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IN THIS REPORT
Overview
Top picks
Important update

Top Picks 2005
Consumer Reports names the best models in nine categories.

Image of the CR Top Pick icon.For 2005, we have two new Top Picks. The Honda Odyssey minivan, redesigned for 2005, regained a slim lead over the Toyota Sienna. With Ford no longer building the SVT Focus, the Subaru Impreza WRX (including its STi variant) is our Top Pick among affordable fun-to-drive cars.

Important update: We've removed the Ford Focus as our Top Pick for small sedans because it performed poorly in insurance-industry crash tests that were announced on March 6. Read more.

The Honda Accord is our Top Pick among family sedans. Its new hybrid version, helped by quick acceleration and very good 25-mpg overall fuel economy, outscored the Volkswagen Passat V6, which had shared the top spot.

Again, we’ve included a category for SUVs with three-row seating to help guide families that need room for seven or eight people but don’t want a minivan. That category is still topped by the Honda Pilot.

Of the 200-plus vehicles that Consumer Reports has recently tested, our Top Picks are worth special attention. Each is an all-around high performer that:

• Scored at or near the top among competitor vehicles in our comprehensive testing and evaluation program.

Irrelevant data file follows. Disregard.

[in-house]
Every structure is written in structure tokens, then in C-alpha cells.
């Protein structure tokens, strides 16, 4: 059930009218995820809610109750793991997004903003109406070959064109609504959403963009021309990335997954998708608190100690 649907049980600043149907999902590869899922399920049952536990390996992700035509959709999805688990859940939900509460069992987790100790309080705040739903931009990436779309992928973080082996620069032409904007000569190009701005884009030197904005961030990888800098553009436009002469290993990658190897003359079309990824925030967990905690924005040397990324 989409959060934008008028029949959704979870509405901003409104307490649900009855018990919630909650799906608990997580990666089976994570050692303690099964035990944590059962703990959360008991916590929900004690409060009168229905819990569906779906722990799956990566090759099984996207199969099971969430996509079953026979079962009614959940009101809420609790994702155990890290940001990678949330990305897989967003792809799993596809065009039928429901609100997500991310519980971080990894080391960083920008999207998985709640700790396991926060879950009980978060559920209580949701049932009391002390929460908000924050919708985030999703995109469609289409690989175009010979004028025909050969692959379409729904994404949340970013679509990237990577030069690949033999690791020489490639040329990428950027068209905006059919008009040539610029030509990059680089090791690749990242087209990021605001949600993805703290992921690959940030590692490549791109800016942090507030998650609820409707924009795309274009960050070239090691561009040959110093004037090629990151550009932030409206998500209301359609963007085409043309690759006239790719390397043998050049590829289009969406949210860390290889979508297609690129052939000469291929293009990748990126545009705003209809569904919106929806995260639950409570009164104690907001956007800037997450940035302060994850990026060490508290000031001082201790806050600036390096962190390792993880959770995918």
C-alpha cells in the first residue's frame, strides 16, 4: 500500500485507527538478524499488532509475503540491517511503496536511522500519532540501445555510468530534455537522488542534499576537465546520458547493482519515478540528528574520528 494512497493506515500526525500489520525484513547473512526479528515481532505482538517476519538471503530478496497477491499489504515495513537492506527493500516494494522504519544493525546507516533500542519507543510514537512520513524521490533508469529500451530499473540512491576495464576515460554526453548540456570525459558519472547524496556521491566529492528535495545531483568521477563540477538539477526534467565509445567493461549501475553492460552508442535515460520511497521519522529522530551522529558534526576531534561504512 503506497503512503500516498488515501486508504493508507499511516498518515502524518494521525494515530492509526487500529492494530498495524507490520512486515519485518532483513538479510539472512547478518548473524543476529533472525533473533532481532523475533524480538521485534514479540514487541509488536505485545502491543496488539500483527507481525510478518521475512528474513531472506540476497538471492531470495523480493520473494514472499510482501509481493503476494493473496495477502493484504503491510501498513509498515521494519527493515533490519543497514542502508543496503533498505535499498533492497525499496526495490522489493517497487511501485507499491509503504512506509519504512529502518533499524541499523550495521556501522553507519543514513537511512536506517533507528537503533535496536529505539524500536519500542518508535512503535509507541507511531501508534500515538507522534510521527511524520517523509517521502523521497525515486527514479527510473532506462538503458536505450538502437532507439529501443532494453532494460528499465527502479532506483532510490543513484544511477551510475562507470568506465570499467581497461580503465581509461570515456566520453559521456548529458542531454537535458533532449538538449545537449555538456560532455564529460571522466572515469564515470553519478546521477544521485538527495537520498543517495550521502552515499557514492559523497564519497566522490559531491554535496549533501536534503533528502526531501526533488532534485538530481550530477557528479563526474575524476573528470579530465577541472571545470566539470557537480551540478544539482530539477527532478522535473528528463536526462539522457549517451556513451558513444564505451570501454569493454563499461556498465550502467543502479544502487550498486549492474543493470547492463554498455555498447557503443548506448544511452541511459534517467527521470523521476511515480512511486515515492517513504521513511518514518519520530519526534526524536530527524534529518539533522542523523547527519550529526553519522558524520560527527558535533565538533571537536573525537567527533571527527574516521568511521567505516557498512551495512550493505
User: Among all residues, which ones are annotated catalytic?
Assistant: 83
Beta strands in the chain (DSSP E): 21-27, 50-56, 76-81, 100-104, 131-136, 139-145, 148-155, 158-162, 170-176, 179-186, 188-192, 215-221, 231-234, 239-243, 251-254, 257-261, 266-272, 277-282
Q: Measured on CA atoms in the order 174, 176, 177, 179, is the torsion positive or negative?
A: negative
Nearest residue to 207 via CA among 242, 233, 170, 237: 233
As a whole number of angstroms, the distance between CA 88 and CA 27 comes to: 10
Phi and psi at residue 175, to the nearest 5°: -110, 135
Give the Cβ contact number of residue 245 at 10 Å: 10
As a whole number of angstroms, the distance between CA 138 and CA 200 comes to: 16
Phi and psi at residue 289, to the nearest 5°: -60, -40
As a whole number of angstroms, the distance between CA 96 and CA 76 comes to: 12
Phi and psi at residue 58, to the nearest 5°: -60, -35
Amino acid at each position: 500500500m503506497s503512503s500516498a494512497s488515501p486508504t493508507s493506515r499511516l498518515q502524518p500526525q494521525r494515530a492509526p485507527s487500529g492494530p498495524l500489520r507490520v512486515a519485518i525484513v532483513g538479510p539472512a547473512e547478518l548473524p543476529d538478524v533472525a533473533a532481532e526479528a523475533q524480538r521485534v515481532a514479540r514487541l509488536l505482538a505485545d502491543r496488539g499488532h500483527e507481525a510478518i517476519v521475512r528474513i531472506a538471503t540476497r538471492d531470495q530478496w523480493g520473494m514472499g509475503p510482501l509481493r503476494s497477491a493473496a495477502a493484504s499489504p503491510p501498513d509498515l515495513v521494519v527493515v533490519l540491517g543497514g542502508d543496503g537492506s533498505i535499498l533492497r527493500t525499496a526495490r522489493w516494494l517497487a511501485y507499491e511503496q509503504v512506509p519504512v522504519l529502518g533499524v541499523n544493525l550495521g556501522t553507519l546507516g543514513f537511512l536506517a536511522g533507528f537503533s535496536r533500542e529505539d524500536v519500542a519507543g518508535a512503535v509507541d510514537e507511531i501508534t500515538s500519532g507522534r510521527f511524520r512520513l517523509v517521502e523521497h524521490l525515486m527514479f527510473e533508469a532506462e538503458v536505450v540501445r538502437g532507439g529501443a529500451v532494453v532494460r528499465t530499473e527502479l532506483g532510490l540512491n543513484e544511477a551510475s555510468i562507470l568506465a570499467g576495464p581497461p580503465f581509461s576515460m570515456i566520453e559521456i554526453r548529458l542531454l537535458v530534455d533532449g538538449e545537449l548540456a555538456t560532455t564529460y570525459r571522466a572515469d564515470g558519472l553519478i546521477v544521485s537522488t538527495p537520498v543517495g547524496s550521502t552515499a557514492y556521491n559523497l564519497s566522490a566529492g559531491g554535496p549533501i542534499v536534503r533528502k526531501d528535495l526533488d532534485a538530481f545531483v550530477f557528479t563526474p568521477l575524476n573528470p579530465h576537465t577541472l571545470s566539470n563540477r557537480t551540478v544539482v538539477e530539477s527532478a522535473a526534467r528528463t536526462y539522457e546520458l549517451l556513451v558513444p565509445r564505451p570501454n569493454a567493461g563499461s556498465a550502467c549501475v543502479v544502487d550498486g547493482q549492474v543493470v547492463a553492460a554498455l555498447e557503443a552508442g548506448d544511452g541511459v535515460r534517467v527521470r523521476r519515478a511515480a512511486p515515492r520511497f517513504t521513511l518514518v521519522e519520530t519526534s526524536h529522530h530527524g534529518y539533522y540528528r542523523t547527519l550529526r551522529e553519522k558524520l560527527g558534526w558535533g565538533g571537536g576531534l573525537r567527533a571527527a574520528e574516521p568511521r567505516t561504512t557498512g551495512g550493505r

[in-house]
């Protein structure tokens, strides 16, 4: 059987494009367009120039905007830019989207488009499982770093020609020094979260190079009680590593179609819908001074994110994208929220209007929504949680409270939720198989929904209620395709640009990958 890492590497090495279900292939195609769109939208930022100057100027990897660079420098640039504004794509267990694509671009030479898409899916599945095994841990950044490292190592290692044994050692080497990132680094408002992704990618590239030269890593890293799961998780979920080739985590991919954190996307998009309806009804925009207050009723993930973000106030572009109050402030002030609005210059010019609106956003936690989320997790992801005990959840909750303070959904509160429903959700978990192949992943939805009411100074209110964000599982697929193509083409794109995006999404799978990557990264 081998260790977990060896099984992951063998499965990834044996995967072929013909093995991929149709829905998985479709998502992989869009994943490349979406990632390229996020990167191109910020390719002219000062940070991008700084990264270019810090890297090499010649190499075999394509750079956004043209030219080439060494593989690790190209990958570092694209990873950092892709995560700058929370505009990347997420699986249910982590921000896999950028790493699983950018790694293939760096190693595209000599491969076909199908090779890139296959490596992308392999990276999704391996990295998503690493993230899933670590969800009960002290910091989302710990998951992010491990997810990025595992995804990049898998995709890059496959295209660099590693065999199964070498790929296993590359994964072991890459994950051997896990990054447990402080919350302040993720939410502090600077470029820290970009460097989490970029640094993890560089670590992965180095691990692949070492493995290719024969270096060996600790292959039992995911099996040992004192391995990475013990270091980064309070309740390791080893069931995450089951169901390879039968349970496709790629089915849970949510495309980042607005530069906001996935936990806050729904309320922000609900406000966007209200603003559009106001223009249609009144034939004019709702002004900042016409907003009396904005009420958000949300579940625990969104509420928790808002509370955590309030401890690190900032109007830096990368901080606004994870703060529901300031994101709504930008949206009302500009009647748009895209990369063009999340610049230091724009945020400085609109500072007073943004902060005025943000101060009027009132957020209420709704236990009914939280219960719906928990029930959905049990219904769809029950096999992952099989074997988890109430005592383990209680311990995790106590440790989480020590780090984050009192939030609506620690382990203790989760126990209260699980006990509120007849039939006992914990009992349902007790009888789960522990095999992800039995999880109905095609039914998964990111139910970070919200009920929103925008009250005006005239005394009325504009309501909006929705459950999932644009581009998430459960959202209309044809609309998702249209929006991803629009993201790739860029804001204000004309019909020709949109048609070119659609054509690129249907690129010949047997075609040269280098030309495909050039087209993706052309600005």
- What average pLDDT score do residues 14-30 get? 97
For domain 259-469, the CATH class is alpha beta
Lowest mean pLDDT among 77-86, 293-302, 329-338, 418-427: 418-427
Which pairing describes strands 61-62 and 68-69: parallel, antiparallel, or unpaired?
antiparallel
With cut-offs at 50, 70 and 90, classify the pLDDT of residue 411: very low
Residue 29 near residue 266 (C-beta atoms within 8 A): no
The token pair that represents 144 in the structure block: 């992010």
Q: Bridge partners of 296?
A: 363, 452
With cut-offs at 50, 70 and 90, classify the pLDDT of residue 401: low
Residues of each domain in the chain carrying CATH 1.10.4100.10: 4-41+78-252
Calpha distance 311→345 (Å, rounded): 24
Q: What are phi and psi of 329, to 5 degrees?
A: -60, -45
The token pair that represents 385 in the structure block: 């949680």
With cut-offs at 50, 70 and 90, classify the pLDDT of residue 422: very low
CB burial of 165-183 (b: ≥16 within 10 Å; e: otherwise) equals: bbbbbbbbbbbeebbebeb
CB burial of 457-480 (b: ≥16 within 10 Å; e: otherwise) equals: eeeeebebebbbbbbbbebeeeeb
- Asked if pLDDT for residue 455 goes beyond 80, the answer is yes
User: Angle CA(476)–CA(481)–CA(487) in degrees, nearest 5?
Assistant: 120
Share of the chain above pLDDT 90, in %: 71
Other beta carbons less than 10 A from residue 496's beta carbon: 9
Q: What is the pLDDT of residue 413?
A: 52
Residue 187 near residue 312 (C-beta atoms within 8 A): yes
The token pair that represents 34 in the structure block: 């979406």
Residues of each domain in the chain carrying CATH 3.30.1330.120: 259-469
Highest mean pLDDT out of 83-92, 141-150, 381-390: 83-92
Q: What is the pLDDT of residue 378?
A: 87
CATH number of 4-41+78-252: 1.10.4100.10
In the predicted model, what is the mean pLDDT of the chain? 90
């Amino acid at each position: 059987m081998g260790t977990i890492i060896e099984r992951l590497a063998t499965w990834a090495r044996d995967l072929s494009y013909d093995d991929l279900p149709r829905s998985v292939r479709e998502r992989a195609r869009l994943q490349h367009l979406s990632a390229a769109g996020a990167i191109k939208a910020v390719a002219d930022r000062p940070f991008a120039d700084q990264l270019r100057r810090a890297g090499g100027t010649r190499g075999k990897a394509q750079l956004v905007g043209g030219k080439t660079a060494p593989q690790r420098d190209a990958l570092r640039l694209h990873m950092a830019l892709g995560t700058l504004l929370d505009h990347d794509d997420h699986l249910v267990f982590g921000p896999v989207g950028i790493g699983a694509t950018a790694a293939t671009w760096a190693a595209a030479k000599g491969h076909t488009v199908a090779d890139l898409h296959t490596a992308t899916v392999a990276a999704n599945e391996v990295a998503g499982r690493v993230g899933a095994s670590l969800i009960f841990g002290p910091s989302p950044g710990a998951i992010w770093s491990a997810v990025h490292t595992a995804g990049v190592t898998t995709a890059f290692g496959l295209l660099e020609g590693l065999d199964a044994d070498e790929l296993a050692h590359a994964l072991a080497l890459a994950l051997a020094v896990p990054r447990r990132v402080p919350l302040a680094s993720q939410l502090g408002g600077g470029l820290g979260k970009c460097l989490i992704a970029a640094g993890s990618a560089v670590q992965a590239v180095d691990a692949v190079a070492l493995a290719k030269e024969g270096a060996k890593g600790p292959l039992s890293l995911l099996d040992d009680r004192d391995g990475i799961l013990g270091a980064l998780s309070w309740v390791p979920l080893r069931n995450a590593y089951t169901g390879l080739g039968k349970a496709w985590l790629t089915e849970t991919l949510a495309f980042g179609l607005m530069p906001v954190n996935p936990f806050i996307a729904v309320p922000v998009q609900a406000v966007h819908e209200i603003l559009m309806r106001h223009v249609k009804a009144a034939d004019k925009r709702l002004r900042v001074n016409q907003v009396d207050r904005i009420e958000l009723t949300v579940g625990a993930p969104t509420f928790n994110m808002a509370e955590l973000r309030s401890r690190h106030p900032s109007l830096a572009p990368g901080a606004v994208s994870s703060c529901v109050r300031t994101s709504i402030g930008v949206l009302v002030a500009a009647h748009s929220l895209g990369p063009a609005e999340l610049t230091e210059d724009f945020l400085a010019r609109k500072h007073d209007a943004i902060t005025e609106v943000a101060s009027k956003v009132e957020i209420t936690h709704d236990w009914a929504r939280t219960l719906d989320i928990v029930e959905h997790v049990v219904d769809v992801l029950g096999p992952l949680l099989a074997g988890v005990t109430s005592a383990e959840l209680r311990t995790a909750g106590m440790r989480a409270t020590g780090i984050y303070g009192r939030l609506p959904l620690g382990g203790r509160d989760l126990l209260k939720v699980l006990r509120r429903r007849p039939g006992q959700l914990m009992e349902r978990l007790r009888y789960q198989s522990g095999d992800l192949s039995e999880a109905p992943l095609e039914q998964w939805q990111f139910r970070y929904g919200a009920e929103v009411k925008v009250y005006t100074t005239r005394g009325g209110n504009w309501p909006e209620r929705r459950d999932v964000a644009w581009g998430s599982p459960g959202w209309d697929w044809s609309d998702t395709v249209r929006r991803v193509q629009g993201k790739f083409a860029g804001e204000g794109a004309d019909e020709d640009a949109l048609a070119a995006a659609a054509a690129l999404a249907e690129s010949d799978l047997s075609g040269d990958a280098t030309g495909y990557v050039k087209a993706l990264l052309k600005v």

• Showed average or better reliability, according to our latest subscriber survey.

• Performed adequately if crash-tested or included in a government rollover test.

Each vehicle’s “report card” shows how it fared in testing, reliability, and crash protection. The Honda Odyssey and Toyota Prius have gotten good results in government crash tests, but have not been tested in the insurance industry’s offset-crash test, which we require for a crash-protection rating. For more details on each model, see our vehicle profiles, available to ConsumerReports.org subscribers.

Most categories also list noteworthy runners-up, which have different strengths or driving characteristics than the Top Pick. The right model for you depends on your needs and driving style.

How Consumer Reports tests cars

Car driving around cones on our test track.
These Top Picks for 2005 are a result of the most comprehensive auto-testing program of any U.S. publication or Web site. Here are some of the ways in which Consumer Reports’ testing differs from that of other auto reviewers:

• We anonymously buy all the cars we test from dealerships, just as you would. Last year we spent nearly $2 million on test vehicles.

CR uses a dedicated, specially equipped, 327-acre auto-test facility with a team of full-time engineers, technicians, and support staff.

• Every vehicle that CR tests is evaluated for months. Each is pushed to its limits at our track and driven for 6,000 to 8,000 miles in everyday conditions.

• More than 45 individual tests are performed on every vehicle, including evaluations of performance, comfort, convenience, safety, and fuel economy. Many tests were developed exclusively by CR’s auto engineers.



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